But Bastrop is not a 6-year-old child, and an MRAP is not a toy. Bastrop is a Texas county of some 75,000 people, and MRAP stands for "Mine-Resistant Ambush Protected." It's a heavily armored military vehicle weighing about 15 tons — one of several versions of fighting machines that have become the hot, must-have playthings of police departments all across the country.

Are the good people of Bastrop facing some imminent terrorist threat that warrants military equipment? No, it's a very pleasant, laid-back place. And while the county is named for a 19th century land developer and accused embezzler, it's never been a haven for particularly dangerous criminals — indeed, the relatively few crimes in Bastrop today don't rise above the level of routine police work.

Published in Guest Commentary

2014.1.6.BF.UPSWALTER BRASCH FOR BUZZFLASH AT TRUTHOUT

It's been about two weeks since the news media began smothering the nation with stories about UPS and FedEx delivering packages late during the holiday season.

A short shopping season of less than 30 days between Thanksgiving and Christmas, combined with extraordinary numbers of deliveries and extreme weather problems caused thousands of packages not to be delivered by Christmas. For some media, this was the top story.

FedEx says it delivered more than 275 million packages in that one month period. UPS doesn't say how many it delivered or how many were late. But it does say that if customers sent their packages by ground and hoped they would arrive by Christmas, the cut-off date was December 11. For air service, UPS temporarily added 29 planes to its fleet.

Published in Guest Commentary

2014.1.6.BF.BuchheitPAUL BUCHHEIT FOR BUZZFLASH AT TRUTHOUT

The fear of running out of money in retirement is America's greatest financial concern. It's a fear greater than death.

But the American workers who have paid all their lives for retirement security are being cheated by wealthy individuals and corporations who refuse to meet their tax obligations, and who have found other ways to keep expanding their wealth at the expense of the middle class.

1. Federal Tax Avoidance Is the Biggest Threat to Social Security

Conservatives say that Social Security is too expensive, and that cutbacks and a later retirement age are necessary. But they refuse to acknowledge the facts about missing revenue. Annual tax avoidance by wealthy individuals and corporations is in the trillions of dollars, over double the cost of Social Security.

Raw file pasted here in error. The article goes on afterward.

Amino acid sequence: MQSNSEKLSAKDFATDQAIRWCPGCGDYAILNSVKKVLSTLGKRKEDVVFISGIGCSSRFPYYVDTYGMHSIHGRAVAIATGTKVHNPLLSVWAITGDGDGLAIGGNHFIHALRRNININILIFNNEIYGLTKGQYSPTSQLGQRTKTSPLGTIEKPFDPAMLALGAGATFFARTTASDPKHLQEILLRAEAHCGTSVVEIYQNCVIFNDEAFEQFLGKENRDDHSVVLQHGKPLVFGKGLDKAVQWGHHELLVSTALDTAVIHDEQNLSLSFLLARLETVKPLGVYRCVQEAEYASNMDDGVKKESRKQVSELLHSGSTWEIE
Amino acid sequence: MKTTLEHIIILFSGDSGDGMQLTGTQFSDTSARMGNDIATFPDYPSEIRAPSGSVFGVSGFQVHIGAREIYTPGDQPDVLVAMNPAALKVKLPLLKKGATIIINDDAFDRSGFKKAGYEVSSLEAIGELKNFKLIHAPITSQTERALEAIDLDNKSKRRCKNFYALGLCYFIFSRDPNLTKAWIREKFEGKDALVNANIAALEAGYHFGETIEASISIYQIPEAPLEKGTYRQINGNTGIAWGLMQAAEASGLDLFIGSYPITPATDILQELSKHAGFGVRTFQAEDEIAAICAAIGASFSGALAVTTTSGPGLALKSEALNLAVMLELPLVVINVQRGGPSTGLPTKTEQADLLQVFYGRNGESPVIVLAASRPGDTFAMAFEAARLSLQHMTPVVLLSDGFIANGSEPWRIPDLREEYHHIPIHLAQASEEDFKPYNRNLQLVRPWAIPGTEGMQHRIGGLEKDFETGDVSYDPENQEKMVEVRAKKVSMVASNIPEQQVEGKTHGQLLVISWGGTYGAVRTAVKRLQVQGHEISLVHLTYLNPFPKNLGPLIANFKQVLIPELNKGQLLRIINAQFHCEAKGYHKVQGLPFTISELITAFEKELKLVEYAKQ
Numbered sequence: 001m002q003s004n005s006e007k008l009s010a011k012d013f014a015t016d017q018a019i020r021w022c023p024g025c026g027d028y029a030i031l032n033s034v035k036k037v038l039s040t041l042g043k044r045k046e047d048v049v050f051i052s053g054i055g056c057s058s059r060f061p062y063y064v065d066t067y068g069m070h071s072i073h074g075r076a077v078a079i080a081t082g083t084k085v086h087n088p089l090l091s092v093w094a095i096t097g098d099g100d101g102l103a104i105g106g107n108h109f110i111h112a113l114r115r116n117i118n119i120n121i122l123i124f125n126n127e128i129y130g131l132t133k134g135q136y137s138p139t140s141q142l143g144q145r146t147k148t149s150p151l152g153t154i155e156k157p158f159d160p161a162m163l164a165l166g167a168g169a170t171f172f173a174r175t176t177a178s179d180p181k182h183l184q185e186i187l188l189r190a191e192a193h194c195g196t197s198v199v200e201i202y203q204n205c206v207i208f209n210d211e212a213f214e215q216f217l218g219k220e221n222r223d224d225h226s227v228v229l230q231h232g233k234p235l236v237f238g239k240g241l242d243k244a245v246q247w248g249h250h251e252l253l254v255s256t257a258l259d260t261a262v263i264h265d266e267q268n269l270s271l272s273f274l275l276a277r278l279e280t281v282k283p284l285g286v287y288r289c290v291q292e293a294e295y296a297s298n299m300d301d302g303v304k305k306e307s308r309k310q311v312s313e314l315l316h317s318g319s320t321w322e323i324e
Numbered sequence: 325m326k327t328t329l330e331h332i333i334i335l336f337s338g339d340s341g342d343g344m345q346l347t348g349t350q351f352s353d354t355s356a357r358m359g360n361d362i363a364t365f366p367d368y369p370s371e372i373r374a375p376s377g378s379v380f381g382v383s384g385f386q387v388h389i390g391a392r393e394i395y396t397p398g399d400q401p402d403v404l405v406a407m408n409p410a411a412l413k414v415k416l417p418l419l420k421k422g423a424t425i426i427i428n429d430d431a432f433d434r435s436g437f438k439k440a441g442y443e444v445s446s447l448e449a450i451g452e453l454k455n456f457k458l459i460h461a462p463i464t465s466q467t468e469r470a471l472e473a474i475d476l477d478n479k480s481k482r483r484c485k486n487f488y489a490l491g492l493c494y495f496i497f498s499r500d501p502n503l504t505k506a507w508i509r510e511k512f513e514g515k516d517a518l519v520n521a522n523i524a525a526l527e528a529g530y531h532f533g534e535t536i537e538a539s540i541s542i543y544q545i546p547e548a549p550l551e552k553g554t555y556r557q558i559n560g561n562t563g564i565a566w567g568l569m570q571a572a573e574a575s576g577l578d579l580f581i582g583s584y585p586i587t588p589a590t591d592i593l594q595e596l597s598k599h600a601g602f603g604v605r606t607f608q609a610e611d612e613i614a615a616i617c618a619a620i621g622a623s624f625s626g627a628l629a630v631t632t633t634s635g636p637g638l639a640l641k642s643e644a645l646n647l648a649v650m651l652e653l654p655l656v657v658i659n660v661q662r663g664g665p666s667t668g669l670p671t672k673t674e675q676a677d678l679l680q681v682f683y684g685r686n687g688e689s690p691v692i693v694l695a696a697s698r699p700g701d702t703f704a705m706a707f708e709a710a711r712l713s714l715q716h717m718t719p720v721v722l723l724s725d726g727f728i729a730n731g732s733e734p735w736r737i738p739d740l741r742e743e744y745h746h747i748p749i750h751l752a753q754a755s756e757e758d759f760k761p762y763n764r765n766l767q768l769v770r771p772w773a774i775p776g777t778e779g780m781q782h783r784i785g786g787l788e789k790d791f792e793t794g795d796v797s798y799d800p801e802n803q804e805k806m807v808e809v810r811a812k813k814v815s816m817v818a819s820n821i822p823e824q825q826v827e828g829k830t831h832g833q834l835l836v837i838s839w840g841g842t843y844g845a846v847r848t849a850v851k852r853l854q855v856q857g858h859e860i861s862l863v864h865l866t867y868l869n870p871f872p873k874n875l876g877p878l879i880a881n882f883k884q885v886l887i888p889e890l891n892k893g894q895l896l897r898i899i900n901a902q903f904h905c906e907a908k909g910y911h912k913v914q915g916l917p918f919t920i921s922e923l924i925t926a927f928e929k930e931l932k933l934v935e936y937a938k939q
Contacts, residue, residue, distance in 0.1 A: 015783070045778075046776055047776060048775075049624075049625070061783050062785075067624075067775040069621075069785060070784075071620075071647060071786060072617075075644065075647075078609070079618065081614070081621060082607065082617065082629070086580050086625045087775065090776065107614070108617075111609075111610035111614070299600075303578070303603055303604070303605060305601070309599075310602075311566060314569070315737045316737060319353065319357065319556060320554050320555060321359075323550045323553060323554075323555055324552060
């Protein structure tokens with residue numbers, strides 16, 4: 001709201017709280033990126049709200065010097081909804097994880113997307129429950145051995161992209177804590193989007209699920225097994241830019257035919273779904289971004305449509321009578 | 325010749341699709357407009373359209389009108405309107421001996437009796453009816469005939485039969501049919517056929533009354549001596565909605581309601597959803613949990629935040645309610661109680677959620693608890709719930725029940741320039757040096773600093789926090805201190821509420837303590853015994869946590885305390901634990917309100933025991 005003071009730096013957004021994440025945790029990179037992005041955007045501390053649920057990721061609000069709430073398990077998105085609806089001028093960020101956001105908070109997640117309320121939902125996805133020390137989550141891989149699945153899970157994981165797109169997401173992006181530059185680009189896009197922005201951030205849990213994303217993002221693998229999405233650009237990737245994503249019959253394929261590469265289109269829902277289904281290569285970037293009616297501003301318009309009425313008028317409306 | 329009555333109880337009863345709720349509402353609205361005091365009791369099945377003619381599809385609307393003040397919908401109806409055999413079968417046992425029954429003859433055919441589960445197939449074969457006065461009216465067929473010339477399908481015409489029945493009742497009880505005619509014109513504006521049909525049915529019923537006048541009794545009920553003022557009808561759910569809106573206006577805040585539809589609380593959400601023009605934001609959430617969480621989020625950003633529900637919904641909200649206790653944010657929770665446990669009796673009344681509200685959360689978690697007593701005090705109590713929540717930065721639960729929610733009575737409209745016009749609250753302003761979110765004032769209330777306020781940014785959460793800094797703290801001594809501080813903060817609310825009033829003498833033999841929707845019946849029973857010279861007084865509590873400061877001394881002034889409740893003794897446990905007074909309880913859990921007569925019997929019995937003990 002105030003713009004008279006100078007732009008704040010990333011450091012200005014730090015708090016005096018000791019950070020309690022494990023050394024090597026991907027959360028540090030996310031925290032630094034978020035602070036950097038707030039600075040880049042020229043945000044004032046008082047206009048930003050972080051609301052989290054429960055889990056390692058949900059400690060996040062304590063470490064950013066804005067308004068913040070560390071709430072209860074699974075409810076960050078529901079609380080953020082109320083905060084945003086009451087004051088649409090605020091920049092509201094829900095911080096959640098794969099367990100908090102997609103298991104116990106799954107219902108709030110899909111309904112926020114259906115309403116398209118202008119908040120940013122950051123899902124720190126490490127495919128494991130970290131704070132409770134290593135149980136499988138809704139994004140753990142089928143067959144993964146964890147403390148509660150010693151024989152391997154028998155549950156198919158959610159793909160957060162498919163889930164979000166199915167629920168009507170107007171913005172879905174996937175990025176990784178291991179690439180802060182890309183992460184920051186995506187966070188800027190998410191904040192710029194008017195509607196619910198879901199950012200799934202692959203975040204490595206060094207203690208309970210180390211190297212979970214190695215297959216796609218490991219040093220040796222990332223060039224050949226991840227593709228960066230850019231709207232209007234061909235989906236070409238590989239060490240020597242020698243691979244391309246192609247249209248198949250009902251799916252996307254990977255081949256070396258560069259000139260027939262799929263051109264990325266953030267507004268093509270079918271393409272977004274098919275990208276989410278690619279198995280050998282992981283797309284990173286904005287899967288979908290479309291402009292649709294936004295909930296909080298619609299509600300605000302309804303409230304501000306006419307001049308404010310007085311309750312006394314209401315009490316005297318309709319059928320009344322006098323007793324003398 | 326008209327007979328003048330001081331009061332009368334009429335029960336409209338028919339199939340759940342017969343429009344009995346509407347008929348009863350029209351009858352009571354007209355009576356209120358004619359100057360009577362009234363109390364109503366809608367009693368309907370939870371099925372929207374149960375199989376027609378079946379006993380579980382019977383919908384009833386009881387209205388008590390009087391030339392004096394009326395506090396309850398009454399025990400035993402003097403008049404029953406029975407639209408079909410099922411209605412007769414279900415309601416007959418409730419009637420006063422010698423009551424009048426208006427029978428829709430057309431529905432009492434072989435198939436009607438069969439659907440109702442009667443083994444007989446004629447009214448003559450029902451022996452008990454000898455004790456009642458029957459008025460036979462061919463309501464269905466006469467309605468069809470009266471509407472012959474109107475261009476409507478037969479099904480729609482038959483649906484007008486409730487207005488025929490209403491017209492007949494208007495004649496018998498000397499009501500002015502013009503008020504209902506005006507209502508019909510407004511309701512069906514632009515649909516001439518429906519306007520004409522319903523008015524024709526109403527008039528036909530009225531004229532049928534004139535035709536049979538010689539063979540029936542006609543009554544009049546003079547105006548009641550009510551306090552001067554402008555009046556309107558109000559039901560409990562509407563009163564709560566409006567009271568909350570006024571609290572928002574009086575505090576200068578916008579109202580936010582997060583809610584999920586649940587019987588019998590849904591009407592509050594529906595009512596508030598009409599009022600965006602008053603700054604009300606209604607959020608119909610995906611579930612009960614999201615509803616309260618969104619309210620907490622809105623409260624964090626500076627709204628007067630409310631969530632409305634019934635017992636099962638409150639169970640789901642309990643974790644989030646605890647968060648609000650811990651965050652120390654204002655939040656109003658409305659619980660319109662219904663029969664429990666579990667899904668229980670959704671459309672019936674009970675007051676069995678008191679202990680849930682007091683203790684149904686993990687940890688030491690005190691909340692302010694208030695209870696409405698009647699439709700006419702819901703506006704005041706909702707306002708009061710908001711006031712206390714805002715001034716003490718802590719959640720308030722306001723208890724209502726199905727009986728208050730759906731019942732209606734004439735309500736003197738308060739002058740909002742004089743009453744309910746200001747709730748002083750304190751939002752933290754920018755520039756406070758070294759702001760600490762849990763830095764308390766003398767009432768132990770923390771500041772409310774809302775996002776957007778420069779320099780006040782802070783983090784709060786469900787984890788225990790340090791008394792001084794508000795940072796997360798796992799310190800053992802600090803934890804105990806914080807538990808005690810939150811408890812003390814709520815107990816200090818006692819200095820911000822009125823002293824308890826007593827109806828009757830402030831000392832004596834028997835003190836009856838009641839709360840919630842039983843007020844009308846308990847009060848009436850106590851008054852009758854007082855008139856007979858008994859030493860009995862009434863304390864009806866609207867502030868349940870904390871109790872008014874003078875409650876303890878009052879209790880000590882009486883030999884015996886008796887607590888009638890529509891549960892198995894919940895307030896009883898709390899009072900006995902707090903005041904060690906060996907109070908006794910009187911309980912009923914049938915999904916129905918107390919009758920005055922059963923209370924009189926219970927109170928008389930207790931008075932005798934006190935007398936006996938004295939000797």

Published in Guest Commentary

BILL QUIGLEY FOR BUZZFLASH AT TRUTHOUT

babyjesBaby Jesus, Proudly Brought to You by Budweiser!

Swaddled in Baby Gap, little Jesus appears to be crying.  Mary tries to gently rock him in her hands, certainly a great moment to remind viewers that you are in good hands with Allstate.    

The carpenter Joseph is trying to protect Mary and Jesus; he could certainly use the system he just won from our sponsor ADT.  The cow you see behind them is brought to you by ConAgra, the donkey by Halliburton. The angels on high in the sky, magnificent 3D computer generated imagery, are from Pixar.  Walt Disney has remixed the angel songs so they sing praise to the shopping opportunities this event has created.  

Earlier, there were reports of shepherds in the area but ICE agents stopped and frisked them and are now herding them on your right into the Fox News freedom of expression fenced off area.  Some appear to be singing a protest song about peace on earth.  Over on the left, a panel of MSNBC experts are talking about the shepherds and talking about the shepherds and talking about the shepherds.

Published in Guest Commentary

PAUL BUCHHEIT FOR BUZZFLASH AT TRUTHOUT

amethlab12 23Illicit meth labAt a time of year when we're inclined to show empathy for people less fortunate than ourselves, some of our top business leaders are notable for comments that show their disdain for struggling Americans. Their words may seem too outlandish to have been uttered, or inappropriately humorous, but all the speakers were serious.